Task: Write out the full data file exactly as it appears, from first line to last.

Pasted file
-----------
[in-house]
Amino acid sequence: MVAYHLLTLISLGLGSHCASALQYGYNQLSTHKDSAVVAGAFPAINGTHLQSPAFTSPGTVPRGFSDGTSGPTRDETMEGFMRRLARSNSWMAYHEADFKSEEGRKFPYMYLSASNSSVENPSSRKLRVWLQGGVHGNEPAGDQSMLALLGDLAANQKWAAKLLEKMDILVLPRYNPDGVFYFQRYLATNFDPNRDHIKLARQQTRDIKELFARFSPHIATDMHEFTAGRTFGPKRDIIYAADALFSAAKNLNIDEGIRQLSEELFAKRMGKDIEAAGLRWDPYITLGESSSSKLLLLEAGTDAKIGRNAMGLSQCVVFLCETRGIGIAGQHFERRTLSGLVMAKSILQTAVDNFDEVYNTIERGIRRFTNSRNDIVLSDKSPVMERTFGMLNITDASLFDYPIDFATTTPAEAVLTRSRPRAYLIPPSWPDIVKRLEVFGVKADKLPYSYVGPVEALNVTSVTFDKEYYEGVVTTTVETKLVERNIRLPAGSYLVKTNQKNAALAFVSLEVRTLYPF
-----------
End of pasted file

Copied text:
[in-house]
Amino acid sequence: MVAYHLLTLISLGLGSHCASALQYGYNQLSTHKDSAVVAGAFPAINGTHLQSPAFTSPGTVPRGFSDGTSGPTRDETMEGFMRRLARSNSWMAYHEADFKSEEGRKFPYMYLSASNSSVENPSSRKLRVWLQGGVHGNEPAGDQSMLALLGDLAANQKWAAKLLEKMDILVLPRYNPDGVFYFQRYLATNFDPNRDHIKLARQQTRDIKELFARFSPHIATDMHEFTAGRTFGPKRDIIYAADALFSAAKNLNIDEGIRQLSEELFAKRMGKDIEAAGLRWDPYITLGESSSSKLLLLEAGTDAKIGRNAMGLSQCVVFLCETRGIGIAGQHFERRTLSGLVMAKSILQTAVDNFDEVYNTIERGIRRFTNSRNDIVLSDKSPVMERTFGMLNITDASLFDYPIDFATTTPAEAVLTRSRPRAYLIPPSWPDIVKRLEVFGVKADKLPYSYVGPVEALNVTSVTFDKEYYEGVVTTTVETKLVERNIRLPAGSYLVKTNQKNAALAFVSLEVRTLYPF